Amos Yadlin
Amos YadlinFlash 90

The former head of Military Intelligence, Major General (res.) Amos Yadlin, and Turki bin Faisal Al Saud, director of the General Intelligence of Saudi Arabia from 1979 to 2001, took part Monday in a rare one-on-one panel in an international conference hosted by the German Marshall Fund, and discussed the Iranian nuclear program, the Israeli/Palestinian-Arab conflict and other burning regional issues.

The very holding of the one-on-one panel, hosted by the Washington Post's David Ignatius, can be seen as a sign that the Iranian crisis and the perceived American abandonment of the interests of its allies in the region is indeed – as some analysts say – pushing Israel and Saudi Arabia much closer together than anyone could have dreamed just a few years ago.

Al Saud, the youngest son of the late King Faisal, urged that Israel sign on to the Saudi initiative, also known as the Arab Peace Initiative, and join the nuclear Non-Proliferation Treaty (NPT) in order to turn the Middle East into a nuclear-free zone.

Yadlin replied by saying that things were not so simple. “The real problem is that the Saudi initiative became the Arab League dictate in a summit in Beirut in 2002,” he said. “The Saudis modified it into a take-it-or-leave-it offer with parameters we can’t accept, mostly in the issue of returning the Golan to Syrians.”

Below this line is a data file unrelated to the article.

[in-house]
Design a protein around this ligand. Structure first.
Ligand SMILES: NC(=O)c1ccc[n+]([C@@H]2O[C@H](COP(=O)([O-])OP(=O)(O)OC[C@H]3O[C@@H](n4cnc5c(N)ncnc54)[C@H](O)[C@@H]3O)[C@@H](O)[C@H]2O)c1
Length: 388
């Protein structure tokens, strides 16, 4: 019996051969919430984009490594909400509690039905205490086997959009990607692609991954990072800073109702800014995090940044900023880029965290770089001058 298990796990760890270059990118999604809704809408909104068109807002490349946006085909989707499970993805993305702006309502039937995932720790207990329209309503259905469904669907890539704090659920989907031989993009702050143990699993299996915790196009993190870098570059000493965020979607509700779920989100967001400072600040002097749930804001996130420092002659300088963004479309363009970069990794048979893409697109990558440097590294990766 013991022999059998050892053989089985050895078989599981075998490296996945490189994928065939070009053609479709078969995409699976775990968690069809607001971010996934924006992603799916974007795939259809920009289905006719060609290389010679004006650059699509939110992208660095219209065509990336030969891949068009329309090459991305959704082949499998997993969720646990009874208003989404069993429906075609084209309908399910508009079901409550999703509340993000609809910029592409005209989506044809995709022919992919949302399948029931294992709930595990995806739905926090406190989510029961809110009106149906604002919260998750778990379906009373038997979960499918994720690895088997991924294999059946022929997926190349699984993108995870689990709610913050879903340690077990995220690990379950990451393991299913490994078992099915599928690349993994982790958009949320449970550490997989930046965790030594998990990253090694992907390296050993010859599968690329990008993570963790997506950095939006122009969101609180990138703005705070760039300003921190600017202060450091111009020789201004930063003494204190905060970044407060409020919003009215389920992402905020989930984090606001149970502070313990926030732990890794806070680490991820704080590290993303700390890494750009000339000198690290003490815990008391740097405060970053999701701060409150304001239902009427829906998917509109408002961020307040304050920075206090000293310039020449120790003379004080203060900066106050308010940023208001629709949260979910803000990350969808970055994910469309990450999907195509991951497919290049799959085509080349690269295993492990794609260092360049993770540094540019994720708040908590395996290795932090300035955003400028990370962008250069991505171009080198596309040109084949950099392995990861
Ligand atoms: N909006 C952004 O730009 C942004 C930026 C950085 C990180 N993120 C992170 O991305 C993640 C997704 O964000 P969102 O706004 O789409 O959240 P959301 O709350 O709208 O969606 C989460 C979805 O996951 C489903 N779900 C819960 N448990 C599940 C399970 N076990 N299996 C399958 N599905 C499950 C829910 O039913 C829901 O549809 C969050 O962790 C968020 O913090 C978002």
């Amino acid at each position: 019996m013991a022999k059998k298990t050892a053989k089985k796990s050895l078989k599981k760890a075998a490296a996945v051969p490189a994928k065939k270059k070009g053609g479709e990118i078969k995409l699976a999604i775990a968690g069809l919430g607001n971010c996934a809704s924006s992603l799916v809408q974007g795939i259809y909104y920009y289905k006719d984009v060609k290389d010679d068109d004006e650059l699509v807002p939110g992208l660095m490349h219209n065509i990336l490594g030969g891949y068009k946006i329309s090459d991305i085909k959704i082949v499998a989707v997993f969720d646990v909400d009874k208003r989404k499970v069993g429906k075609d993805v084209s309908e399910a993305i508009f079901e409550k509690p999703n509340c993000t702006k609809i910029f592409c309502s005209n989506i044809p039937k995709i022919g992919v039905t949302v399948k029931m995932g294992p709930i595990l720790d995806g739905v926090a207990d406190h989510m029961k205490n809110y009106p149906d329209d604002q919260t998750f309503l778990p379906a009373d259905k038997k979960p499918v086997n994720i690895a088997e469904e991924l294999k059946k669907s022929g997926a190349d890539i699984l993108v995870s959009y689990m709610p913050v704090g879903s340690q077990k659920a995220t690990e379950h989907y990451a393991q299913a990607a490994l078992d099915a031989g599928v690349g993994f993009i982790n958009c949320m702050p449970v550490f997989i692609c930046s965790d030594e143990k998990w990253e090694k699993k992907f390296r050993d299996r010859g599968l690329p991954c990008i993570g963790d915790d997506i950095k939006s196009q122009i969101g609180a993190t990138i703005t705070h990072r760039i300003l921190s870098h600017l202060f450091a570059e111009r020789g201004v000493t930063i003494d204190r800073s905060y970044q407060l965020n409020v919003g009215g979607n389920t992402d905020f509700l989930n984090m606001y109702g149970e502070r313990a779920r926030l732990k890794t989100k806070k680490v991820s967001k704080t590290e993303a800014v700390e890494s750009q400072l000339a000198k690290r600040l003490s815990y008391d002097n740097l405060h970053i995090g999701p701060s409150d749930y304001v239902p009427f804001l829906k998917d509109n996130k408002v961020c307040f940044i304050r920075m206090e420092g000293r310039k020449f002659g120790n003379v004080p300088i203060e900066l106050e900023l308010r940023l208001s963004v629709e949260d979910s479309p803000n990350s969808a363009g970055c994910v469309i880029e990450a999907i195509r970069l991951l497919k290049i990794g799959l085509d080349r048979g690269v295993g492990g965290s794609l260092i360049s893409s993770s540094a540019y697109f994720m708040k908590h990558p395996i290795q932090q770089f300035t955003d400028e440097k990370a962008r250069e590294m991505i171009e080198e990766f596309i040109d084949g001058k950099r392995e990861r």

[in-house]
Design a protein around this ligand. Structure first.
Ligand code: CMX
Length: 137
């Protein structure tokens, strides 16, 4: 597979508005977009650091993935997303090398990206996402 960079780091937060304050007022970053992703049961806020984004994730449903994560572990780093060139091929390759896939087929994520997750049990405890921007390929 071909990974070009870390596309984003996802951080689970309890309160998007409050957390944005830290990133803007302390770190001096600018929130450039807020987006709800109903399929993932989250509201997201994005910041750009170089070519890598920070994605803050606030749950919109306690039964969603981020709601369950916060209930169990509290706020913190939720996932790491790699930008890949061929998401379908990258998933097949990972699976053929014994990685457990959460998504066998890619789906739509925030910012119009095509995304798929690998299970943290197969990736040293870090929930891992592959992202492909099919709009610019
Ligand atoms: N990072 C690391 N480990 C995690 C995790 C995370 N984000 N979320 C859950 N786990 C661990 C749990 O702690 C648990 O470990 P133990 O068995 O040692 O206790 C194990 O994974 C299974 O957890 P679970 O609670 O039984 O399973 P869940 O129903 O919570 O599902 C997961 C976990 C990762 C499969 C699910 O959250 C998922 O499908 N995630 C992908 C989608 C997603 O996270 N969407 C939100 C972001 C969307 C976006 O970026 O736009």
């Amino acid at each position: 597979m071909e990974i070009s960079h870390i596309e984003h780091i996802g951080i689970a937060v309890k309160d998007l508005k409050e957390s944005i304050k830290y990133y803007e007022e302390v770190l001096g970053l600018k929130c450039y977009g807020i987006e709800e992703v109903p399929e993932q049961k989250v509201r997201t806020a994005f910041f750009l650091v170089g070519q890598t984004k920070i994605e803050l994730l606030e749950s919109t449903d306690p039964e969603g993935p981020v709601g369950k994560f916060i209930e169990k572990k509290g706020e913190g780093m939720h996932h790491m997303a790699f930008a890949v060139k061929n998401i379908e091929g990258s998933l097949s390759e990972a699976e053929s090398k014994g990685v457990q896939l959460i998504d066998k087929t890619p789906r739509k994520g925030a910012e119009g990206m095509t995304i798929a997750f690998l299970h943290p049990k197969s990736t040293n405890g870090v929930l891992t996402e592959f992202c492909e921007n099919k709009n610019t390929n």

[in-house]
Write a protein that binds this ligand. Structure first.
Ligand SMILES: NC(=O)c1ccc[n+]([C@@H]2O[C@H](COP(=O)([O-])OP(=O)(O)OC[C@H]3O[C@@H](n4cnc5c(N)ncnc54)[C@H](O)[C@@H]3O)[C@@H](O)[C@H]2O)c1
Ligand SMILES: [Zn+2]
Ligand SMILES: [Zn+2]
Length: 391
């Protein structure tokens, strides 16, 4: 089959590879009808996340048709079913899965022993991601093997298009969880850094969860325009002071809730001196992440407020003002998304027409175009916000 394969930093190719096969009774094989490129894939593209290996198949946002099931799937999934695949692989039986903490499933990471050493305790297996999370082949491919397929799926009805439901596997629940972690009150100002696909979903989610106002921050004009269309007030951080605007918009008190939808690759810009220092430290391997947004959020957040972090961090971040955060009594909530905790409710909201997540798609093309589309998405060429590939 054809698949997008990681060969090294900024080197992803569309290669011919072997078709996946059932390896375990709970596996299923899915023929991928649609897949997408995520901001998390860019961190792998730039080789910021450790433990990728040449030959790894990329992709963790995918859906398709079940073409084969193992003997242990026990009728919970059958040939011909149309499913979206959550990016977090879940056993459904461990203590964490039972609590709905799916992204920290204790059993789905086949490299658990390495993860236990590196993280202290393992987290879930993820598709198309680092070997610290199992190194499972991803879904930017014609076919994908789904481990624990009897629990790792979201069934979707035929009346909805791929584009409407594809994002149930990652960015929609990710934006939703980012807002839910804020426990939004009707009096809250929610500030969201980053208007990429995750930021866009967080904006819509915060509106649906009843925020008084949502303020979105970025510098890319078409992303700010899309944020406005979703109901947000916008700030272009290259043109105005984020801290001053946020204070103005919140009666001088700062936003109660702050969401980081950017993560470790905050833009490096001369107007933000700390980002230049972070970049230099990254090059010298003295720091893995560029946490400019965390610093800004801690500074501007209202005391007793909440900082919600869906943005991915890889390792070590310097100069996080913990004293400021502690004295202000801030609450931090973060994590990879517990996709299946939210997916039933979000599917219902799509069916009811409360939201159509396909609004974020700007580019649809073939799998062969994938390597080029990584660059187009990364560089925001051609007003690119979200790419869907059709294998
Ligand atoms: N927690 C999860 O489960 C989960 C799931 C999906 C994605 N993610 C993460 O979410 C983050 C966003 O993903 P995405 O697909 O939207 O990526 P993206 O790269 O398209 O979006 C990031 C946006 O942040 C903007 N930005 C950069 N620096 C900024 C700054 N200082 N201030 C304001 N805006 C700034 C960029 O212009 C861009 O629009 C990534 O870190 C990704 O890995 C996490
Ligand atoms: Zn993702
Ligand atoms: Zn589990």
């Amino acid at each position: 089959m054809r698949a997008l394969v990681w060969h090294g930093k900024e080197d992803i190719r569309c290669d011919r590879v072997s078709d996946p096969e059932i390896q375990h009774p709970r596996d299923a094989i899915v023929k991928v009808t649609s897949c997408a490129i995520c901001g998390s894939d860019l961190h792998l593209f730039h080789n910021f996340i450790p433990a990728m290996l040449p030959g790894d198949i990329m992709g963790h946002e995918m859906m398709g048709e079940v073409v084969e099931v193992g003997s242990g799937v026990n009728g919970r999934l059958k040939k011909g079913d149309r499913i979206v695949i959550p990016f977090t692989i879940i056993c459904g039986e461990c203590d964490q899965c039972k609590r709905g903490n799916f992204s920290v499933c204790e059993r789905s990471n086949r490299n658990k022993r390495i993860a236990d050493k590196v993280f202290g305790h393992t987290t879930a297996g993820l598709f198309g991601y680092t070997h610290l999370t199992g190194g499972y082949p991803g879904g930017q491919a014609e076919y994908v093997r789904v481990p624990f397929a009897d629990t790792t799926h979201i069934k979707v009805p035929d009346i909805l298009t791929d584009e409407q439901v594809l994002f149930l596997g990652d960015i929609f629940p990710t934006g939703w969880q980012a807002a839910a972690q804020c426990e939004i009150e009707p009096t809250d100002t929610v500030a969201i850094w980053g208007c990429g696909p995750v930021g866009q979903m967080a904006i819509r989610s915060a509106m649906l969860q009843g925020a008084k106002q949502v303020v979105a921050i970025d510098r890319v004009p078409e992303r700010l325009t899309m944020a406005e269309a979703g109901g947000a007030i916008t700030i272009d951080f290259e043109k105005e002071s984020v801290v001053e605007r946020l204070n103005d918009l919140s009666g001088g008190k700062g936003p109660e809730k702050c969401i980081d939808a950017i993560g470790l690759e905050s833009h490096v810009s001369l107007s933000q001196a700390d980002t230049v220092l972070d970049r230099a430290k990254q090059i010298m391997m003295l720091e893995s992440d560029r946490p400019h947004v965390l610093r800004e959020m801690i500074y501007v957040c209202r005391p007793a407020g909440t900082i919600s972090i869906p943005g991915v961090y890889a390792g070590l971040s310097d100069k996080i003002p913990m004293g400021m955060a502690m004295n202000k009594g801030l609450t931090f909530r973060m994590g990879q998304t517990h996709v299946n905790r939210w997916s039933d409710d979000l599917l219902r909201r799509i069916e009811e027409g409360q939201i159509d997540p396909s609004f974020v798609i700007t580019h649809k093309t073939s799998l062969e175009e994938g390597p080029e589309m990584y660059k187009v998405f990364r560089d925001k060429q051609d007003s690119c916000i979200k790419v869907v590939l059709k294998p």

Yadlin, who heads the Institute for National Strategic Studies, went on to explain why the Iranian nuclear program is a burning problem for both Israel and the Gulf states, in view of the extremist nature of the Iranian regime: "If this very radical regime will marry a very radical weapon, for a people that went through a mass killing 70 years ago, in a war that we were not involved in, based on hate crimes that we saw here in this city on Saturday, we have to be very worried. Very worried. And to [do] everything so that Iran will not possess a nuclear weapon. I do not remember that the Soviet Union wanted to destroy the United States of America and vice versa. They had different ideologies, each one wanted to have hegemony, politically, ideologically, but annihilation was not the target.

"When a country like Iran goes down this path publicly, and makes every effort that they can [even] without nuclear weapons – because Iran is the source of instability, of terror, of war in the Middle East. Who is helping Assad to survive? The Iranian proxies, like Hezbollah. The Iranians are involved in Yemen, in Bahrain, they are already controlling Iraq one way or another, and if they have nuclear weapons, I think some of the neighbors beside Israel have to worry a lot about it.”

Israel supports a nuclear-weapon-free Middle East, he said, but said building of trust and peace in the region must come first.

Al-Saud replied by saying: “Not signing the NPT should not be a license to develop nuclear weapons. And that is what Israel has done. So building trust is mutual. It's not one-sided.”

Arutz Sheva analyst Mark Langfan explained in a recent op-ed that while Israel and the Saudis want Iran’s nuclear program destroyed, “Obama is doing anything, and everything to, de facto, protect and enhance Iran’s nuclear weapons’ program.”

In addition, he pointed out, “Israel and Saudi Arabia see the destruction of Syria’s Assad as a prime element in the destruction of Iran’s waxing hegemonic enterprise from Tehran to the Mediterranean Sea.” And unlike other possible allies the Saudis could have chosen, “the Israelis don’t covet Saudi oil, or have designs on Mecca. They just want to tan themselves on Tel Aviv beaches, pray to the G-d of Abraham, and invent internet billion-dollar companies.”

As a result of this situation, Langfan opined, Israel and Saudi Arabia are finding themselves in a new Middle Eastern alliance that could include Greece as well.